Tuesday, May 08, 2007

The Truth Will Never Be Known... Air India

I wonder why Sikhs see Air India for the most part as an attempt to defame them and their community, while others (the media in particular) see it as the reaction of extremists or terrorists in exacting revenge for events elsewhere. I think it basically goes to the point that the Sikh community is talking to each other about the events without engaging the broader community(ies). While the broader community hasn't acknowledged the sources or lines of thought on which the Sikhs are basing their opinions.

The inquiry that is currently going on isn't going to get to the bottom of this event. But one thing that surely has to happen, is that Sikhs have to stand up and make a better presentation of their case that the perpetrators of this event are NOT definitively proven to have been Sikhs. Highlighting the work put forward by the Globe and Mail reporters who wrote the book Soft Target is one way.

Another is to take the testimony of folks who suddenly come forward with uncorroborated information with a grain of salt, such as Ontario Lieutenant- Governor James Bartleman. None of his bosses seems to have had the information he claims to have seen, nor is the memo available anywhere else other than in his own memory.

From the National Post,
Gordon Smith, a former deputy minister of external affairs, cast doubt on Mr. Bartleman's startling testimony last week about a warning for the June 23, 1985, flight that crossed his desk just a few days prior to the bombing.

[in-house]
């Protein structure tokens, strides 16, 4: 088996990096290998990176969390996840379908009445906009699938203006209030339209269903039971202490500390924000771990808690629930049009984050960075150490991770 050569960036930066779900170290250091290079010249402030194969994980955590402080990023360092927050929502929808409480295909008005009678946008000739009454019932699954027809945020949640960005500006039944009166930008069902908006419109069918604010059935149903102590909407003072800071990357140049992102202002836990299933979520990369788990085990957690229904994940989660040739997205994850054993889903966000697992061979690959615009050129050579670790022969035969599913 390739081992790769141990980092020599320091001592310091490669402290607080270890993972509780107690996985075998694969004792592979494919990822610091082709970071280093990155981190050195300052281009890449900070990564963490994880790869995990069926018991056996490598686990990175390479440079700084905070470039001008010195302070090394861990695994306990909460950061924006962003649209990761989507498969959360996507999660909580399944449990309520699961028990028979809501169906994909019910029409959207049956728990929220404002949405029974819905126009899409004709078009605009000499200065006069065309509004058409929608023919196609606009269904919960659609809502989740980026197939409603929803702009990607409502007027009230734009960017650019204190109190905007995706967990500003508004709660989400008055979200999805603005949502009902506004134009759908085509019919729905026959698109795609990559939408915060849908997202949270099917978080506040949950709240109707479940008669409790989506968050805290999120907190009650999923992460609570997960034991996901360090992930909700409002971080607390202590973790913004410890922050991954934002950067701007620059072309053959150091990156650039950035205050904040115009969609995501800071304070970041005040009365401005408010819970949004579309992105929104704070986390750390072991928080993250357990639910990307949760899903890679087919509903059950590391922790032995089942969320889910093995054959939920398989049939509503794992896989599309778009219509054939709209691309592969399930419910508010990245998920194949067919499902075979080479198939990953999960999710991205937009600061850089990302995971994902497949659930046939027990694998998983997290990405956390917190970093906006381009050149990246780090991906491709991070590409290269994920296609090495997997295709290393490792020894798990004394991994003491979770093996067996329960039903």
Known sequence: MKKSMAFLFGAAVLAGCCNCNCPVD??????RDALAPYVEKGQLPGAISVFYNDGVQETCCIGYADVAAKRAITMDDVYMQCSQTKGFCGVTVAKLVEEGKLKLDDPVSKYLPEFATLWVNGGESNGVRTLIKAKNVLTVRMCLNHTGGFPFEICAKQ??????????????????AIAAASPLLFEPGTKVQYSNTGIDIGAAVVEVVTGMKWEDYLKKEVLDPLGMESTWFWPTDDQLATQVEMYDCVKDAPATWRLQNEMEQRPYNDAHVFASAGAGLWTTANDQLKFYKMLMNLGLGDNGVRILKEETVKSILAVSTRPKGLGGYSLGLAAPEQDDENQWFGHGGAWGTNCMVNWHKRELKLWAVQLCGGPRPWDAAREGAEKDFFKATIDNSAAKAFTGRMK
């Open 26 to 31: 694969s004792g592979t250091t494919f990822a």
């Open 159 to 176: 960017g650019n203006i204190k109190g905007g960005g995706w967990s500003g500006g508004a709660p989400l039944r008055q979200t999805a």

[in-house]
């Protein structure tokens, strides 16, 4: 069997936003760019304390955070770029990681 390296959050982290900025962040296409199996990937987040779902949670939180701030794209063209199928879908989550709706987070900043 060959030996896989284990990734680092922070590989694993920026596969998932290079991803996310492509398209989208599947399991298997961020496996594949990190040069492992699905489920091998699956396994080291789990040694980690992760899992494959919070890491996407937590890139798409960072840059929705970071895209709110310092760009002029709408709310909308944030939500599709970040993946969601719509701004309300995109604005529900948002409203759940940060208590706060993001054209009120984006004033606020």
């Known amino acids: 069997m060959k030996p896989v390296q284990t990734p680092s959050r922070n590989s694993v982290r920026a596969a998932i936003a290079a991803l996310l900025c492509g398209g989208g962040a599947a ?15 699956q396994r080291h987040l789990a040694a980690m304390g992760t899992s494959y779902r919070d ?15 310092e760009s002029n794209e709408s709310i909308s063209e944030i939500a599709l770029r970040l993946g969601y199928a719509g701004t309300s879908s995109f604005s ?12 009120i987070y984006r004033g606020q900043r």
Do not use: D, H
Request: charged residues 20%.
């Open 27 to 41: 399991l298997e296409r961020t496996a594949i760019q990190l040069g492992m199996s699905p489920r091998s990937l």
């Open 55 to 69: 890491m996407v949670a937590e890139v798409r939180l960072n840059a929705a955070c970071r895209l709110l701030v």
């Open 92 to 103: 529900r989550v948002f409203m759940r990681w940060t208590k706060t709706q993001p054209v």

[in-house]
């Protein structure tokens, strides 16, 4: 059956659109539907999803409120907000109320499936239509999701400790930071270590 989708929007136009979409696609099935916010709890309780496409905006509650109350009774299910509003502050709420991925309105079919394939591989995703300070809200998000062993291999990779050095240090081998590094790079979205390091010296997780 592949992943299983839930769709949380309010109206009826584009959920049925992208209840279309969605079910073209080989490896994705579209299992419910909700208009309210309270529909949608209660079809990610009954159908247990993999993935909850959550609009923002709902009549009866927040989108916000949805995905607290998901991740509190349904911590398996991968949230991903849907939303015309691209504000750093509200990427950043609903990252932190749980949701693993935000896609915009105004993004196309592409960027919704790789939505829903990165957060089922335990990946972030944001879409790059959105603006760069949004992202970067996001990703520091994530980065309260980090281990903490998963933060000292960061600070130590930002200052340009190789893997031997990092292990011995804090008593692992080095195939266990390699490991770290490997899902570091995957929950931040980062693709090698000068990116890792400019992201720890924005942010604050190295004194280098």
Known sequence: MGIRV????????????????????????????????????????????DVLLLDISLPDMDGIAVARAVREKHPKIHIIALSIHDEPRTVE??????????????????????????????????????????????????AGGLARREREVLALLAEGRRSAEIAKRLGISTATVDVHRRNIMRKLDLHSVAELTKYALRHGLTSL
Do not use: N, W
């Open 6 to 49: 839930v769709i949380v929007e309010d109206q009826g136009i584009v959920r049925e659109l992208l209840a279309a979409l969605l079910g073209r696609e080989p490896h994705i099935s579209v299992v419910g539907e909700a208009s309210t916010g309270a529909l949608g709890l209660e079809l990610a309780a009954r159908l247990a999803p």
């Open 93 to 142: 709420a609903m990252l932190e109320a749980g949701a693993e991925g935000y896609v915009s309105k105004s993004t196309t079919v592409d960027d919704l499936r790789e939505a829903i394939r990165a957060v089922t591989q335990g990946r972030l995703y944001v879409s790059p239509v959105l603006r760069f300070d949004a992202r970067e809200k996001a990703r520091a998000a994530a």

"I think it's possible ? that he has conflated several events and run them together, and his memory in that sense is playing tricks on him," Mr. Smith told inquiry head Justice John Major.

Mr. Bartleman, who worked under Mr. Smith at the time, said he tried to raise the threat with an RCMP officer on June 18, 1985, but was brushed off, and then did not discuss it again for more than two decades.

But Mr. Smith said he knows Mr. Bartleman well and cannot imagine he would not have told him or others about the threat either before or after the bombing, which claimed 329 lives.

Judge Major suggested Mr. Smith was contradicting Mr. Bartleman because the government was not happy about what Mr. Bartleman told the inquiry.

Outside the hearing, Mr. Smith said he was "wounded to the core" by Judge Major's comment.

"I found this afternoon difficult. [Mr. Bartleman] is a friend of mine. I am sure he has testified what he believes," said Mr. Smith, who is now a professor at the University of Victoria.

"In this case, I am just calling it the way that I see, and I did not, quite frankly, like the interpretation [Judge Major] was putting on it."

Mr. Smith said at least 10 other people would have received the same top-secret intelligence that Mr. Bartleman says he saw.

"It would astonish me, knowing him, that he would not bring this information to my attention," Mr. Smith said.

Mr. Smith said he was aware Air India and other Indian government targets in Canada had been threatened for months and that law enforcement in Canada was providing extra security.

"There had not been a threat to a specific flight leaving Canada.? If that had been known, I would have great difficulty imagining how luggage could get on the flight without the passenger being on the flight with it," Mr. Smith said.

He said he watched Mr. Bartleman's testimony on television last week and could not believe he was hearing the information for the first time.

"It just doesn't add [up]; it just doesn't make sense when you try to put all this together.? This is a really important piece of information."

Mr. Smith said if he had known about the specific warning Mr. Bartleman claims to have seen, he would have raced to share it with his minister at the time, Joe Clark, within "two minutes."

Take a look at the following from the BC Sikh Youth site for a response to the current maelstrom engulfing the Sikh community in Canada and in particular, BC.

Canadian Media's Attack on Sikhs - Part I
Canadian Media's Attack on Sikhs - Part II

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